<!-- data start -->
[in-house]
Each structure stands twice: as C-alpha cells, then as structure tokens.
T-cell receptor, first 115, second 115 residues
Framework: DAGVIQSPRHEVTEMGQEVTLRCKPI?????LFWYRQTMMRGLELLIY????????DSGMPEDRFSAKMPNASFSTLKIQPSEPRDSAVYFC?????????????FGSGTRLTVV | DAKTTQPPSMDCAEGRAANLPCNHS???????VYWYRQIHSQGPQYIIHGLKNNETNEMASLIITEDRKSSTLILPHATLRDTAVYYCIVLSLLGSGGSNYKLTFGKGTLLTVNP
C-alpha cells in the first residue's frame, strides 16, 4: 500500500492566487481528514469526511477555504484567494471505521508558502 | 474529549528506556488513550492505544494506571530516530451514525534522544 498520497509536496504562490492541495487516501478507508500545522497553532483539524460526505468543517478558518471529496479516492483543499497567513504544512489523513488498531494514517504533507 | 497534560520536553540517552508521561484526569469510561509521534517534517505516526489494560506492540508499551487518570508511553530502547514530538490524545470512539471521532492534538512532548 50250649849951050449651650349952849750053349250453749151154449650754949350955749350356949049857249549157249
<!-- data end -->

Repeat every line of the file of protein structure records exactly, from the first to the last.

[in-house]
Each structure stands twice: as C-alpha cells, then as structure tokens.
T-cell receptor, first 115, second 115 residues
Framework: DAGVIQSPRHEVTEMGQEVTLRCKPI?????LFWYRQTMMRGLELLIY????????DSGMPEDRFSAKMPNASFSTLKIQPSEPRDSAVYFC?????????????FGSGTRLTVV | DAKTTQPPSMDCAEGRAANLPCNHS???????VYWYRQIHSQGPQYIIHGLKNNETNEMASLIITEDRKSSTLILPHATLRDTAVYYCIVLSLLGSGGSNYKLTFGKGTLLTVNP
C-alpha cells in the first residue's frame, strides 16, 4: 500500500492566487481528514469526511477555504484567494471505521508558502 | 474529549528506556488513550492505544494506571530516530451514525534522544 498520497509536496504562490492541495487516501478507508500545522497553532483539524460526505468543517478558518471529496479516492483543499497567513504544512489523513488498531494514517504533507 | 497534560520536553540517552508521561484526569469510561509521534517534517505516526489494560506492540508499551487518570508511553530502547514530538490524545470512539471521532492534538512532548 50250649849951050449651650349952849750053349250453749151154449650754949350955749350356949049857249549157249